Bacon grease. Personally, this one is my go-to. Every morning my husband and I make a couple of strips of bacon, drain off the excess fat into a grease catcher, and then throw our eggs in the pan. This keeps the pan seasoned and makes us breakfast all at once, and we don’t have to use any oil to keep the pan happy. Bacon grease has a relatively high smoke point: 375 degrees.

Olive oil. Olive oil is readily available and has a pleasant flavor to it, but it’s an oil I’ve come to use less and less, for one simple reason: the smoke point. At anything above 320 degrees, olive oil releases volatile compounds and starts to break down. Since medium heat is about 300 degrees on a stovetop, the smoke point of this oil is just too low for my taste.

Safflower oil. I wish I could love safflower oil, but this one has a hopelessly low smoke point: just 225 degrees. It’s flavor is mild and well suited for various types of cooking, but it’s not good for much beyond a salad dressing or homemade mayo.

Grapeseed oil. This is another nice, mild-tasting oil, and one that I frequently buy in bulk — it’s my go-to choice for deep frying. With a smoke point of 420 degrees, grapeseed is much more stable than most other oils, and is usually pretty cheap, too. Here's the stuff I buy, Massimo Gusto.

Shortening. A lot of people really like using shortening, but I am just not crazy about the ingredients in it. Hydrogenated oils from corn and soy just don’t fall under ideal around here.

Coconut oil. I know coconut oil is lovely for a lot of reasons, but I hate that I have to scoop it out of the jar every time. I know, I’m lazy. Coconut oil’s smoke point is 350 degrees, so it’s not a terrible option, but I definitely prefer bacon grease when it comes to solid fats. This is a matter of preference as many people have success with coconut oil.

Palm oil. Palm oil has a nice high smoke point, sitting pretty at 450 degrees. It’s flavor is mild, and it’s reasonably priced, too. The only reason I don’t really use it is because of the issues with unsustainable harvesting going on right now. If you do decide to use palm oil, make sure you do a little research on who you’re buying it from, and whether it was grown and harvested responsibly — WWF has a guide on certified sustainable palm oil. Otherwise, the environmental consequences of the palm crop are too high to justify its use without being certain of the farmer’s practices.

Like most things in life, there are a dozen different ways to season, clean, and use cast iron cookware, but one thing’s for sure: With the proper conscientious care, this is cookware that will be around when your children’s children are cooking.

Cast Iron Adds Iron to Your Food

Not only is cast iron devoid of what we’ve lovingly come to refer to as “toxic gick,” it also leaches a notable amount of iron into your food as you cook with it. Unlike aluminum and copper, iron leaching is potentially a good thing. However, it is questionable whether these pans act as a tool and a dietary supplement, all at once, because the iron they impart on your food may be in a form that your body cannot use. The best advice is to use only well seasoned pots and pans.

It may seem like a stark change, but after a while, this became second nature to me. A little while later, we gave up our microwave, and our 10-inch Griswold skillet became our new way to heat up leftovers. And let’s face it: Is there anything that bacon grease doesn’t improve?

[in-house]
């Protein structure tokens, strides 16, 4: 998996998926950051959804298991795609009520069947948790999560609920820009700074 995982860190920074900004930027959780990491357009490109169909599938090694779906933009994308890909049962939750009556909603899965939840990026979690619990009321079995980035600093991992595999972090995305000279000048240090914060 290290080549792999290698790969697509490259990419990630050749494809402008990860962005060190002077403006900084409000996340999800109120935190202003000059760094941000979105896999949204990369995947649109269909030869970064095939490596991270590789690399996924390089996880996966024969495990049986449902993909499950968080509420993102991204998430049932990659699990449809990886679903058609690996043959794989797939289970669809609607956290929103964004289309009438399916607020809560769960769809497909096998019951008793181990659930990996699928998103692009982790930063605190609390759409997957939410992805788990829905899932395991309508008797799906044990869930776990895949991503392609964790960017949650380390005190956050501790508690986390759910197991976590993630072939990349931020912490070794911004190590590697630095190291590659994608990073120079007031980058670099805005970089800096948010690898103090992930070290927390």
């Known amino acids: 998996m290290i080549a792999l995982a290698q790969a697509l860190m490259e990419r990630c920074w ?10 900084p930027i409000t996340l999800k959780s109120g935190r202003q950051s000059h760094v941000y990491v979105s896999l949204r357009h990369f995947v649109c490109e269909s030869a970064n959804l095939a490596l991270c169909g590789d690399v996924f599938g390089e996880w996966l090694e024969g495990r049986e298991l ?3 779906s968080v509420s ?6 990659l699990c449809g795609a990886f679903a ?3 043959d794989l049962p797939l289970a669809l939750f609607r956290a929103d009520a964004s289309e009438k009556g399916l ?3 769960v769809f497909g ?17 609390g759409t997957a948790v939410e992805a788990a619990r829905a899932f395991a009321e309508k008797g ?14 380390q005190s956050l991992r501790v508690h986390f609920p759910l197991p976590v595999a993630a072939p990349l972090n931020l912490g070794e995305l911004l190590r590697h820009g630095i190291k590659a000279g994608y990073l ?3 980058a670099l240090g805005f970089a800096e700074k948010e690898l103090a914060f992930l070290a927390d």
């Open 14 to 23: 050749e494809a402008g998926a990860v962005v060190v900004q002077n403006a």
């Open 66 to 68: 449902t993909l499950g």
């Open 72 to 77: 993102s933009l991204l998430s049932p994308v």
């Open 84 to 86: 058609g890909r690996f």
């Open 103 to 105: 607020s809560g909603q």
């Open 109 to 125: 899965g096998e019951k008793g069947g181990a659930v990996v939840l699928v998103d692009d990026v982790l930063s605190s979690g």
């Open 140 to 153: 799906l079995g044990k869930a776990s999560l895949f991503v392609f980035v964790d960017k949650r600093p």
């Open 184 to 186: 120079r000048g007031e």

So yeah, I did it. I gave up my cute pots and pans in favor of these clunky behemoths. But you know what? Now, I walk past the colorful pots and pans at the store, and I give a wry smile. Oh Fiesta cookware, your vibrant seasonal colors have no power over me now.

Destiny Hagest is personal assistant to Paul Wheaton, founder of and, as well as a content curator and freelance writer. You can catch Destiny hanging out in the forums at quite regularly, and visit her LinkedIn profile, and follow her on Twitter. Read all of Destiny's MOTHER EARTH NEWS posts here.

All MOTHER EARTH NEWS community bloggers have agreed to follow our Blogging Guidelines, and they are responsible for the accuracy of their posts. To learn more about the author of this post, click on their byline link at the top of the page.

Food Storage Options when Living Off-Grid


A solar food dehydrator can work well to preserve much of summer's harvest.

Because I like high-quality food but live somewhere that doesn't have a year-round growing season, the best way for me to ensure I have it available is to stockpile, store, and preserve food when it is in season and plentiful. I will outline some of the ways my mother and I have preserved food over the years.

Did you read my mom’s recipe in a past post about how to make cheese using milk that is souring (almost no longer good) or if you have extra milk? I would say the best way to figure out what you want to have plenty of is to make a list of what you love and use the most. For instance, I use tons of herbs and tomatoes, so I will explain how I make sure I have plenty of those items.

The best way to “store” food is on the plant. I plant tomato plants every 3 or 4 weeks so I have plenty of tomatoes over the fullest course of the growing season. For herbs, I have an herb garden right outside my kitchen door so I can have access to fresh herbs.

Drying Food in a Hot Car

Growing up, we traveled a lot and didn’t have refrigeration, so we tended to dry the majority of our extra food. We dry vegetables (sun-dried tomatoes are heavenly) and fruits (I love dried strawberries or blueberries) on baking trays in a car parked in the sun. If you have bug problems even in your car, some get muslin or cheesecloth to cover everything as it dries. Mom finishes off the last drying either in our solar oven or in the gas oven with the temperature at around 100 degrees Fahrenheit.

Solar Food Dehydrators